There are a lot of T-shirts out there.  I don’t have enough, but for a reasonable investment I could wear a different one every day and still make it to laundry day.

Here are some of my favorites.

writer t shirt 15Simple, easily read . . . and people do.

writer tshirt 3 Lots of versions of this shirt.  Another one that people will stop and ask, “Is that true?”

writer t shirt 8This one was designed especially for SusanH.

writer t shirt 9Not that you’re gloating or anything.  But still.

writer t shirt 12I didn’t know these existed.  But I’m ordering some today.  And getting a new back of cards ready.

OK, that’s enough for now.  Except that I have to share one more shirt with you.  My minister (she’s the coolest minister on earth) gave me this one on Sunday.  Made my week.  Not exactly a writing T-shirt, but it’s my new favorite.

writer t shirt 14

Chapter 18: Avalon, S.C.

Writer’s Note: Thanks again for all the suggestions for names to replace Bessie.  The last cut was Clarissa/Issa, Ellie, Nettie, and Dee.

* * * * *

Down the long road to hell—or was it the long road from hell?—for the second day in a row (and I’d be driving it again the next morning, something I carefully kept hidden from Jay-Lo).  Armed with Ellie’s list of things I needed to become a boater, along with a note for Lacey.  Written by hand on actual stationary purchased for the occasion, although my handwriting is problematic at best.  After working it over for a half hour on my word processor to iron the bugs out, of course.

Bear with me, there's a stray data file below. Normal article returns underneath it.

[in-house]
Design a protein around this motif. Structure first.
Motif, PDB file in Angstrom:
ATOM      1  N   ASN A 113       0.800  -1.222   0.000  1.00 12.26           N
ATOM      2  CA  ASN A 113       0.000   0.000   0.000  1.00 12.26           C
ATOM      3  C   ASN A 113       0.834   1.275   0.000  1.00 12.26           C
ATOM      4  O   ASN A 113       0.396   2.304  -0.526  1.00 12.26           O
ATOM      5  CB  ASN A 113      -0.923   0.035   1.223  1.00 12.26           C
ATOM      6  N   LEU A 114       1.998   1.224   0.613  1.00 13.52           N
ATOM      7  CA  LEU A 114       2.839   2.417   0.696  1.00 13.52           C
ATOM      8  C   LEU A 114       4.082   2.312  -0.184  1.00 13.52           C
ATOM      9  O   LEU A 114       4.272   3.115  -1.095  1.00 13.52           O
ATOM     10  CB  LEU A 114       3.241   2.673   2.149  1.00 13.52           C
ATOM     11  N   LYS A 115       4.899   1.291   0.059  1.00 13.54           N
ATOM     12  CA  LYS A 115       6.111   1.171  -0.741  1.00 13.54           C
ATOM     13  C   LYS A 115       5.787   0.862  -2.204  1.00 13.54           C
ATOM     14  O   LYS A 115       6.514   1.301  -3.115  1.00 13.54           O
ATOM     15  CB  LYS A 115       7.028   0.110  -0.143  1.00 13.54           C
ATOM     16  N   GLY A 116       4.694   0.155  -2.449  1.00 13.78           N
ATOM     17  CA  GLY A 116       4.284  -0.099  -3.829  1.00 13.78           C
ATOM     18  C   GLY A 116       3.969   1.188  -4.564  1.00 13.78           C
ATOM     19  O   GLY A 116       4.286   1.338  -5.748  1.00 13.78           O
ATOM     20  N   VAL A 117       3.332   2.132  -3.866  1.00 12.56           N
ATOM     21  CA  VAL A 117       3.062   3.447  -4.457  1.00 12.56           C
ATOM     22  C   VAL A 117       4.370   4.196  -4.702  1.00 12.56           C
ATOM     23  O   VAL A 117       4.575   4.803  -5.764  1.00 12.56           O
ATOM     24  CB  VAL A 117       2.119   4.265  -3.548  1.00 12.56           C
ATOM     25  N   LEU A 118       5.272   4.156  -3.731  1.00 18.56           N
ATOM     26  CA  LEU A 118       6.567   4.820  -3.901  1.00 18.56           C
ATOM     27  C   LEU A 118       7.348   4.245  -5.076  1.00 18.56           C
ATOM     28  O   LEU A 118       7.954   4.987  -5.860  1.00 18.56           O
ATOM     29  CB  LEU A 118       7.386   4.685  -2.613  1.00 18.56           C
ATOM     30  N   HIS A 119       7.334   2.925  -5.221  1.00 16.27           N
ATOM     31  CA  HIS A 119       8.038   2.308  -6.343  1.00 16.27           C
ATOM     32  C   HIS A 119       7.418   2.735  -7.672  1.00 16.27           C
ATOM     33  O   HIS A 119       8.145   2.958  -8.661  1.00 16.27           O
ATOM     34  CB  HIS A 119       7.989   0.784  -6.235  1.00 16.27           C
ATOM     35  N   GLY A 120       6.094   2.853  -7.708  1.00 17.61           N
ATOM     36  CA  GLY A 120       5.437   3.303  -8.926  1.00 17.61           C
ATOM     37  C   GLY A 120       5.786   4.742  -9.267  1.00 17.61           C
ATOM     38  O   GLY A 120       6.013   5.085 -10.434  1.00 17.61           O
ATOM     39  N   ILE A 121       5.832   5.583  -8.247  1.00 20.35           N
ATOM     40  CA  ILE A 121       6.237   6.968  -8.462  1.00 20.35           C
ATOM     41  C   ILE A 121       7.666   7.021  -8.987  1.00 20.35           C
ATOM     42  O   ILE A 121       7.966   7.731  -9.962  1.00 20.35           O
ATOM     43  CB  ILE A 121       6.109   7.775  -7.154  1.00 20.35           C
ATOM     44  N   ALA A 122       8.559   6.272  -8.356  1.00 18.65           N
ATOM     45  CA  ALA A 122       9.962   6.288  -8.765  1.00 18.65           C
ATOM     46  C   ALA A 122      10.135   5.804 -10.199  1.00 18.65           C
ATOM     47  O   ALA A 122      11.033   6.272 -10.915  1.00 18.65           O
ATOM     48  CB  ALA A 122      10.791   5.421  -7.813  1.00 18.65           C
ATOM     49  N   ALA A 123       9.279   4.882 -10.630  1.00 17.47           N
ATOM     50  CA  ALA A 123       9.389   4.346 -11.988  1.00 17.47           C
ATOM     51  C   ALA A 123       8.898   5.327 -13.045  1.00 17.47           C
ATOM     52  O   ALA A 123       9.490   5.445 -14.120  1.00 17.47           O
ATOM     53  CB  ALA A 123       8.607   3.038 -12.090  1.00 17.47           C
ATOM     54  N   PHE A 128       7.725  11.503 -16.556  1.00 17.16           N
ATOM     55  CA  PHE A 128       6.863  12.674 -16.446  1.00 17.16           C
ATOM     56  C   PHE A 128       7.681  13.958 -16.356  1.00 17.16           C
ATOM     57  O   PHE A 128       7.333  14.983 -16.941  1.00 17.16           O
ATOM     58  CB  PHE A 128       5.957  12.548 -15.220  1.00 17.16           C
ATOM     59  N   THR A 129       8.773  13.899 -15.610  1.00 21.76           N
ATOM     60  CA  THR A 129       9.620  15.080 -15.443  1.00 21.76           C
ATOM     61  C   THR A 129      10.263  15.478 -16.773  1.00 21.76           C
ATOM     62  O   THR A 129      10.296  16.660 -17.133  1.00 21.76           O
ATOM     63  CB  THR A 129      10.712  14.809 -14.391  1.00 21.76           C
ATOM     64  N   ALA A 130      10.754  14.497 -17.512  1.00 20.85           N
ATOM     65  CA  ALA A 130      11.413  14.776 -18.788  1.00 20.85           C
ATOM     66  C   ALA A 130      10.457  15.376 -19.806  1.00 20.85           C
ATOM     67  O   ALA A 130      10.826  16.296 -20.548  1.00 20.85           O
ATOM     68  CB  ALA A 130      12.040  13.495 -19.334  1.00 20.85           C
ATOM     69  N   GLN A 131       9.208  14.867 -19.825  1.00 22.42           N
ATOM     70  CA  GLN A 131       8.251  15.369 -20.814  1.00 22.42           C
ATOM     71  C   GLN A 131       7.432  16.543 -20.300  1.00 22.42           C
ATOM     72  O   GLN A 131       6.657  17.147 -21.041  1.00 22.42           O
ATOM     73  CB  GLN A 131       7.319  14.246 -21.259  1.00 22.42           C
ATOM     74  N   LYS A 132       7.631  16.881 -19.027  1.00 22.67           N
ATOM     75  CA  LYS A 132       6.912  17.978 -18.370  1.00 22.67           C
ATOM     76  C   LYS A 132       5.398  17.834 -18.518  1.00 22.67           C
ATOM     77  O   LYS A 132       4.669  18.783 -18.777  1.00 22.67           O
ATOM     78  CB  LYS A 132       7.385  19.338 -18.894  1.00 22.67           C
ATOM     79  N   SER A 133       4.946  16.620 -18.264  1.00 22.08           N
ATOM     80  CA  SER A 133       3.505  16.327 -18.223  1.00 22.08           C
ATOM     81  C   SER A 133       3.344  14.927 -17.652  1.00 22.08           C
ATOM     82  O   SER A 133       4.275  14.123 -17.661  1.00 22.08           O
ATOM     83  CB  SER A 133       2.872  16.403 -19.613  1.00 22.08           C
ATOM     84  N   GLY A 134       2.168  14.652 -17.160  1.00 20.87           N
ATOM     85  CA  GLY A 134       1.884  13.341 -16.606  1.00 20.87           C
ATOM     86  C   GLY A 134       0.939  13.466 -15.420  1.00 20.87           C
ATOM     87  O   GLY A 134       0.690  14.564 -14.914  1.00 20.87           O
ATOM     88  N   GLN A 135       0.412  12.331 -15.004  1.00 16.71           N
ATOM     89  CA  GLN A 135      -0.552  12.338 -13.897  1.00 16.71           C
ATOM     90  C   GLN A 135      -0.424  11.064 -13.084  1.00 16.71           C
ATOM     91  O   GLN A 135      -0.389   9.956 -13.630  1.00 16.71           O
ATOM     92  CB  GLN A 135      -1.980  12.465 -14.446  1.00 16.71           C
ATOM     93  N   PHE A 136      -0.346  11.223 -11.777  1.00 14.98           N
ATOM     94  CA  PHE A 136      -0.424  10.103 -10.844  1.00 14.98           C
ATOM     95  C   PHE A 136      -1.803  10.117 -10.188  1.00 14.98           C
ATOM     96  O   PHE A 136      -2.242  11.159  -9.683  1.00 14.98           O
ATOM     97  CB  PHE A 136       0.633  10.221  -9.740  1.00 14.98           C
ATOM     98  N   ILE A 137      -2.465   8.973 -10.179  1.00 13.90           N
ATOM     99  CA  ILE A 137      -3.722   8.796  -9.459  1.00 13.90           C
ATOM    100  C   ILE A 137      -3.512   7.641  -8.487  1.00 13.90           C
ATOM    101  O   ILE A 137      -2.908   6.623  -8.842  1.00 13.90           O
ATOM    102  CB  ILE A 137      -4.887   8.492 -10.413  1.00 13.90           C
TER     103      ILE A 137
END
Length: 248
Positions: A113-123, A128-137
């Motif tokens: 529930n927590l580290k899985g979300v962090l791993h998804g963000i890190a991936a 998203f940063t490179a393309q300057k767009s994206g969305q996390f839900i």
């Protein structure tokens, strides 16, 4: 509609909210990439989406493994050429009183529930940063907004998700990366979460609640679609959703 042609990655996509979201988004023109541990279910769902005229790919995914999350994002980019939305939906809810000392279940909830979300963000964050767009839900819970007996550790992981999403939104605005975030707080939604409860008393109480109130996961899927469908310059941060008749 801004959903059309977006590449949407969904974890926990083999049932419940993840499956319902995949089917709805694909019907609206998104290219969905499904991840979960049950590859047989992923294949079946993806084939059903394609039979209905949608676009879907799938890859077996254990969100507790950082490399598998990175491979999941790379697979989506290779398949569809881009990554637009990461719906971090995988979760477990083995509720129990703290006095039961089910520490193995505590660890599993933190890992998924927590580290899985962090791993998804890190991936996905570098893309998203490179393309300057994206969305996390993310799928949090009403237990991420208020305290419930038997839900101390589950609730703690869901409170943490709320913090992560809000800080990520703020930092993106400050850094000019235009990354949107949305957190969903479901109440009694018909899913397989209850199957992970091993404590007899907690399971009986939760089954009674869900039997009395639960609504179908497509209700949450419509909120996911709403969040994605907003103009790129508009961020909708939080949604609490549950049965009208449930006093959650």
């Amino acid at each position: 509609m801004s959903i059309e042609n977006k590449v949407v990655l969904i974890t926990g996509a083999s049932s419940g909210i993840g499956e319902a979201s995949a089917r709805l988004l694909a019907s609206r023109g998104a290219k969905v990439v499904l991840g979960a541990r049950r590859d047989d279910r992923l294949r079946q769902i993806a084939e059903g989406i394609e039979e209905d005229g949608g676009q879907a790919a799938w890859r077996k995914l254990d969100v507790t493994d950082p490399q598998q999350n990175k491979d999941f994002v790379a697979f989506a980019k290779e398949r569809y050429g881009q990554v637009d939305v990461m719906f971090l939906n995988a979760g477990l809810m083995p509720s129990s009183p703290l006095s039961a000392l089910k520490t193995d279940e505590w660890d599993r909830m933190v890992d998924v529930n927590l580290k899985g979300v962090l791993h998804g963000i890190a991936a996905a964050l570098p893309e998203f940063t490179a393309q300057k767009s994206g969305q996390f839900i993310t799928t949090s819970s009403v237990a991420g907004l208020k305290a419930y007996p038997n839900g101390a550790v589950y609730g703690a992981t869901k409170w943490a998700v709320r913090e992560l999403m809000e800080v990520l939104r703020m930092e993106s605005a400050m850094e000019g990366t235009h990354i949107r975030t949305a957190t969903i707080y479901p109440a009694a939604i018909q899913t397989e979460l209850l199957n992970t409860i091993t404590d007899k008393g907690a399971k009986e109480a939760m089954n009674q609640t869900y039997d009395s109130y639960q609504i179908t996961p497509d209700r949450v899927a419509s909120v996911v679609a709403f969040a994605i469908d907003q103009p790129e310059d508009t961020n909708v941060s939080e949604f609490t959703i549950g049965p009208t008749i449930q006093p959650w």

Dear Ms. Simpson,

My name is Rick Whittaker, journalist by trade.  I have been commissioned by Ms. Adeline Foster to investigate the disappearance of her father, Mr. George Foster, six years ago.  Since I understand you were a friend of his, it may be that you have some light to shed on this matter.  My hope is that you would be willing to accept my telephone call, or even better, a short visit.  I understand your desire for privacy, and will respect your wishes in that matter to the utmost.


I addressed the envelope “Ms. Lacey Simpson, c/o Windows to the Soul Art Gallery,” and included my address and telephone number.  Even my email address, although I was certain that she would not just drop me an email.

Andrea—the polite Bluffton gallery lady who’d been scornful of her discourteous Hilton Head counterpart—turned out to be in her fifties and thin as a rail.  With lovely hands, embellished with three or four delicate rings each, that never quit moving when she talked.  Having nothing to go on but her voice and word choices during our brief conversation, I’d pictured late twenties and mildly plump.  Just goes to prove once again the Rick Whittaker adage: never form a mental image of a woman over the telephone.